Only 42 per cent of the 1,980 dogs in the township are licensed
A licence is valid for the calendar year in which it was issued, and owners are required to renew their dog’s (dogs’) licence(s) and pay the associated fee of $15 for the first dog and $25 each for two or more dogs on an annual basis.
In his information report, Mr. Poupart stated that township residents may not be obtaining the required licence for a number of reasons, including the belief “that there is limited benefit for the cost,” that they feel the fee is “a cash grab” for the municipality, that dog owners may be unaware of the requirement of obtaining a licence, and that owners may prefer to obtain a licence online.
The report explains that the township “has implemented a number of ways” to apply and pay for a dog licence, among them: allowing residents to purchase licences at one of four local retail outlets in the township; as well as at the township office in Lancaster and through an annual door-to-door sales campaign. Snail mail is also an option. Currently, online purchases are not offered.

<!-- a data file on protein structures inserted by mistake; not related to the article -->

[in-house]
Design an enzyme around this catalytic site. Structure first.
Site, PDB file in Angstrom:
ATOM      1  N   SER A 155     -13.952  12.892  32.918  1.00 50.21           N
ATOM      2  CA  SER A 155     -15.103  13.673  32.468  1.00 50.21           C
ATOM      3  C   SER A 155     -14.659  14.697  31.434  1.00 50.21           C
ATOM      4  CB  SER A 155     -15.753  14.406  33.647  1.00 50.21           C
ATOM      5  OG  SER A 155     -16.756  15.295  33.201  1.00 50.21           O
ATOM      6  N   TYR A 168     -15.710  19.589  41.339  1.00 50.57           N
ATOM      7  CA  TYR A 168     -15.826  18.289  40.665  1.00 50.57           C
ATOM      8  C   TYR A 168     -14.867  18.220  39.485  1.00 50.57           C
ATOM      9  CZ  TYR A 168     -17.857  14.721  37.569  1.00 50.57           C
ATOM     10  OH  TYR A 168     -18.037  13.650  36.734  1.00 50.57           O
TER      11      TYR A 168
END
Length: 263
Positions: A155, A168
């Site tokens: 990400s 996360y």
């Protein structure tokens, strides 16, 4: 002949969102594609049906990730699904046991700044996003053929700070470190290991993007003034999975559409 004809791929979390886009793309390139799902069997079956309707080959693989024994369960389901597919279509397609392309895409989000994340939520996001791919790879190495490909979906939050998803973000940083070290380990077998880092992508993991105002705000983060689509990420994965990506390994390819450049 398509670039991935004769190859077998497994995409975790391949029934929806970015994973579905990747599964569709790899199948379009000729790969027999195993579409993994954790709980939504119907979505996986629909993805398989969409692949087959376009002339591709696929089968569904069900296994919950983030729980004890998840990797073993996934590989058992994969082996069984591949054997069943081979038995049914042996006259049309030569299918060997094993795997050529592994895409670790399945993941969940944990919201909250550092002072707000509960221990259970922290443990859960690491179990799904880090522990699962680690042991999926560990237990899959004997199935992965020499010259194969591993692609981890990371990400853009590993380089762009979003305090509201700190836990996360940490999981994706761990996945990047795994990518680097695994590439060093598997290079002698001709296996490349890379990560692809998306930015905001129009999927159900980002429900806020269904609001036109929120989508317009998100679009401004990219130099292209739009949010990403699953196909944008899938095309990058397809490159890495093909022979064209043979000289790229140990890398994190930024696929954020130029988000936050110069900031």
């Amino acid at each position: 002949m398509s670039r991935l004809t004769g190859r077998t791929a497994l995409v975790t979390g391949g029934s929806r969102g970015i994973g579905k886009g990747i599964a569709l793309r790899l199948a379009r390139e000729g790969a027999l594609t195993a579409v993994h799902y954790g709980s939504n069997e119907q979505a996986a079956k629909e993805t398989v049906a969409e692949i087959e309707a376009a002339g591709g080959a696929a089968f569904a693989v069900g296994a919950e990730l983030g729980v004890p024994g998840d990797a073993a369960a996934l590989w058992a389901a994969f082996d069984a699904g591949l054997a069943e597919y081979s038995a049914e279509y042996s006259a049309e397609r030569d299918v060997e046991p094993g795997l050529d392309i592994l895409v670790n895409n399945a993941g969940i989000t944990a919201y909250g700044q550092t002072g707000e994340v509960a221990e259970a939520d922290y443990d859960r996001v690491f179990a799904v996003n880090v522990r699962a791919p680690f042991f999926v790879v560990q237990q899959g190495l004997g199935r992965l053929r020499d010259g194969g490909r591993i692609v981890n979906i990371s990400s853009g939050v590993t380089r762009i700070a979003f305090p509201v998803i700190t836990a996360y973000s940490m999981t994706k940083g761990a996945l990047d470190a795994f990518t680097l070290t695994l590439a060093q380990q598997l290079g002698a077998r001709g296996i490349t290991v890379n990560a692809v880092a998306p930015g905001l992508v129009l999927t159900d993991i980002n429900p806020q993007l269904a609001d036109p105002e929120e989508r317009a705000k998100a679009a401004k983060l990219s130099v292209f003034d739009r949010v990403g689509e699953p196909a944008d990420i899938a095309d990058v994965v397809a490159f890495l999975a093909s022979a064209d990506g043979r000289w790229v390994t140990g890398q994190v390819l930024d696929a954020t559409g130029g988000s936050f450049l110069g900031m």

Mr. Poupart’s ongoing review comes on the heels of comments made by Coun. Lyle Warden wondered whether township staff could look into ways to “streamline” the existing licensing program.
Among the options Mr. Poupart has suggested for revamping the current system are the implementation of a lifetime or one-time licence purchase requirement, or eliminating the dog licensing program altogether.
Another possibility involves outsourcing the service to the private sector – similar to what has been done in the cities of Brockville and Kingston, as well as the Municipality of Clarington (in the Durham Region).
Mr. Poupart’s report adds that administration will take another look at the existing dog licensing program this fall, and “present one or more recommendations to council” in a future staff report later this year, meaning any changes wouldn’t likely come into effect until 2019.
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